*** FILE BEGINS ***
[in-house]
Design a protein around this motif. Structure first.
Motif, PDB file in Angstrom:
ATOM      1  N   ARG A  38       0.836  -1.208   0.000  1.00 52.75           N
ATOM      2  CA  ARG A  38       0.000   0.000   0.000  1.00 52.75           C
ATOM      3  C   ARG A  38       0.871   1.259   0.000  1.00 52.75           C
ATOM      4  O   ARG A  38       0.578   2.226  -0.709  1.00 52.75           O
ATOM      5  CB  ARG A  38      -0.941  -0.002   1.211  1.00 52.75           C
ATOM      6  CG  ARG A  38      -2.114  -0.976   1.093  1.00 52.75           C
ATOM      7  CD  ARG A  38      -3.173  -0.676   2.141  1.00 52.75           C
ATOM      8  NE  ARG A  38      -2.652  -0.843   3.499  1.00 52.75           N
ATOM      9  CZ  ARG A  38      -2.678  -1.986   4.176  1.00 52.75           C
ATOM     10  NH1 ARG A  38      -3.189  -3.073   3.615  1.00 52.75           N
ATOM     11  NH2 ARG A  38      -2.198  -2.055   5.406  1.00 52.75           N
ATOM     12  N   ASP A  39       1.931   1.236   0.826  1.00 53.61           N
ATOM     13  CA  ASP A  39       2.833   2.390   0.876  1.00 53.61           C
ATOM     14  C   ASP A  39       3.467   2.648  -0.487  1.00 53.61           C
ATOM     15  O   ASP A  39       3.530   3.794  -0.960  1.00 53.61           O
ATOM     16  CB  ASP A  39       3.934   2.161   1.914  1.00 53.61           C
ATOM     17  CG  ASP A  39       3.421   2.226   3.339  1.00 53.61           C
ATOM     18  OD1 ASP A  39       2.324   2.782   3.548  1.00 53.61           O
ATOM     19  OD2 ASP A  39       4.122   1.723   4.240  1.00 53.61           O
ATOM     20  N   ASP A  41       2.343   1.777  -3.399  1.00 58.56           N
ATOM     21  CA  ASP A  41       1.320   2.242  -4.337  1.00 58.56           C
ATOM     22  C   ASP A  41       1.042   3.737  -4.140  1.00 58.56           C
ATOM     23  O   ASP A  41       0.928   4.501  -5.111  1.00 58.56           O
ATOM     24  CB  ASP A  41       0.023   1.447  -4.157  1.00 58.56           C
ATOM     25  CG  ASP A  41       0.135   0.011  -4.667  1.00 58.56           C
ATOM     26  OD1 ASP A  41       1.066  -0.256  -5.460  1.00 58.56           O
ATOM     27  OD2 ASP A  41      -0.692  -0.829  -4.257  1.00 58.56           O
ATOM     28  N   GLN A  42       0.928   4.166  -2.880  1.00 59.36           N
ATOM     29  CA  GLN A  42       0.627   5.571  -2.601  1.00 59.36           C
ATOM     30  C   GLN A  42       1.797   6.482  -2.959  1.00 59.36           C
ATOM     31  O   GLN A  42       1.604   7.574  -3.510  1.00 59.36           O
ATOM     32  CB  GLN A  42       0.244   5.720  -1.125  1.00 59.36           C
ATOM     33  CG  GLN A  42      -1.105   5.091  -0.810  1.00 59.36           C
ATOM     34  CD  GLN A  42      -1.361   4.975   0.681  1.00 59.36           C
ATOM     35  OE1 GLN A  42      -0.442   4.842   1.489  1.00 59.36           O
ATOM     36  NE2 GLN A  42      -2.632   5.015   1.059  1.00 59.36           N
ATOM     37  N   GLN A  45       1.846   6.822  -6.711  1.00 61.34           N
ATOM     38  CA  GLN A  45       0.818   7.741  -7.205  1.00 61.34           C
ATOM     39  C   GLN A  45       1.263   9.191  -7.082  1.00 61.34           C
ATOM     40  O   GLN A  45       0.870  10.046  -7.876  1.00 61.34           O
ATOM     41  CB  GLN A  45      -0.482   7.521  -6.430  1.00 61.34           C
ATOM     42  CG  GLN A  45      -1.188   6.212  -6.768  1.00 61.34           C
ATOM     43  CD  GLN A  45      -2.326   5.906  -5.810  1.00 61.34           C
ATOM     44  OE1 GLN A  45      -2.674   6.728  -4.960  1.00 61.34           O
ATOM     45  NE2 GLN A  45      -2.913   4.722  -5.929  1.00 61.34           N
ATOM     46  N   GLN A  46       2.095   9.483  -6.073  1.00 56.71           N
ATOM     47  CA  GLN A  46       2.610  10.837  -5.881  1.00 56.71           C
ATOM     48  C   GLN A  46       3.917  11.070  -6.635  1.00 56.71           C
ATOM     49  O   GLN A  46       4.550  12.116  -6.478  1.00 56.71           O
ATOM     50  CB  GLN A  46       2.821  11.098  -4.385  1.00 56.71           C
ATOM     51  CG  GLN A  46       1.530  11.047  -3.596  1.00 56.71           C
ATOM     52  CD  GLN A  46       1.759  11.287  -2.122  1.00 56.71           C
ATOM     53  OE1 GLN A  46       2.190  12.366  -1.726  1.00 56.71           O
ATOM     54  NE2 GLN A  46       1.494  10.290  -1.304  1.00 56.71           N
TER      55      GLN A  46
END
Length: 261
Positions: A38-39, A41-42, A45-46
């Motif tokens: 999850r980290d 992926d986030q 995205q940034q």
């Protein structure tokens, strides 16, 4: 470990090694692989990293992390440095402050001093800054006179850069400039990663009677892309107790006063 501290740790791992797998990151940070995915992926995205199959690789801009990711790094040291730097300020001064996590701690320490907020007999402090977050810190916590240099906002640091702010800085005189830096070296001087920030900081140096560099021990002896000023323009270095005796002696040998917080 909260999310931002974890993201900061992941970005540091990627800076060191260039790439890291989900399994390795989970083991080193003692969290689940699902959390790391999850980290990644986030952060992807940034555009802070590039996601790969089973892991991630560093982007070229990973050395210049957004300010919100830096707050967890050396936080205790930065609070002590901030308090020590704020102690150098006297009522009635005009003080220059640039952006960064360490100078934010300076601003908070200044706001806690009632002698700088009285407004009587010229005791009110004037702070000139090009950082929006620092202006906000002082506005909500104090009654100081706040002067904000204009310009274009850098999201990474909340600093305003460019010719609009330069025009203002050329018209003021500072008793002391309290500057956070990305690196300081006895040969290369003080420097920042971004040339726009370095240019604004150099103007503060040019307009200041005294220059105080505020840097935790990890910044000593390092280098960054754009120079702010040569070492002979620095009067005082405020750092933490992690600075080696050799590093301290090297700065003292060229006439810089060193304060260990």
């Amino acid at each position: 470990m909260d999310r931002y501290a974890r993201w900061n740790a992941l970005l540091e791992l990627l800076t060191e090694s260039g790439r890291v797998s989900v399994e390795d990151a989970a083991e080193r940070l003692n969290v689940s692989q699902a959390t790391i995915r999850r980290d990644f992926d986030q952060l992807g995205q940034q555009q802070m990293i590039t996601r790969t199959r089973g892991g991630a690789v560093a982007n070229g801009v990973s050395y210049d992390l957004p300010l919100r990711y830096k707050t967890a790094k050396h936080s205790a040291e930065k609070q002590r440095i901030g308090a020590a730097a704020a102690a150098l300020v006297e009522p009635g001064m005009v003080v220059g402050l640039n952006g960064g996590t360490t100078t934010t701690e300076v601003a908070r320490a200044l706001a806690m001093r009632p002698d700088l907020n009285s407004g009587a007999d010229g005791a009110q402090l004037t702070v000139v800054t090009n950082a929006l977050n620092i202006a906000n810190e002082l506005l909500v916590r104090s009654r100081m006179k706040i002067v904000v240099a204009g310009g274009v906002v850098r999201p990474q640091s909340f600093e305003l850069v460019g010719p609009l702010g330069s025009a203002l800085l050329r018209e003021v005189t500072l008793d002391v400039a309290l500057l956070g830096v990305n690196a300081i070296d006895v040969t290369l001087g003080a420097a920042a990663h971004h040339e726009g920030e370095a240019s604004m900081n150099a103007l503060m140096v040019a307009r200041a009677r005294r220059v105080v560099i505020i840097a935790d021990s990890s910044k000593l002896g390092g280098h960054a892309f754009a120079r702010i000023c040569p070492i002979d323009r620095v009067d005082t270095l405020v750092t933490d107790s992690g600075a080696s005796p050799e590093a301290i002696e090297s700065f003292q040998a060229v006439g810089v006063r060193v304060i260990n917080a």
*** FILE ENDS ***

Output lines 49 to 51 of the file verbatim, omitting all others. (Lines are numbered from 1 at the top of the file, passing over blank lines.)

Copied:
ATOM     46  N   GLN A  46       2.095   9.483  -6.073  1.00 56.71           N
ATOM     47  CA  GLN A  46       2.610  10.837  -5.881  1.00 56.71           C
ATOM     48  C   GLN A  46       3.917  11.070  -6.635  1.00 56.71           C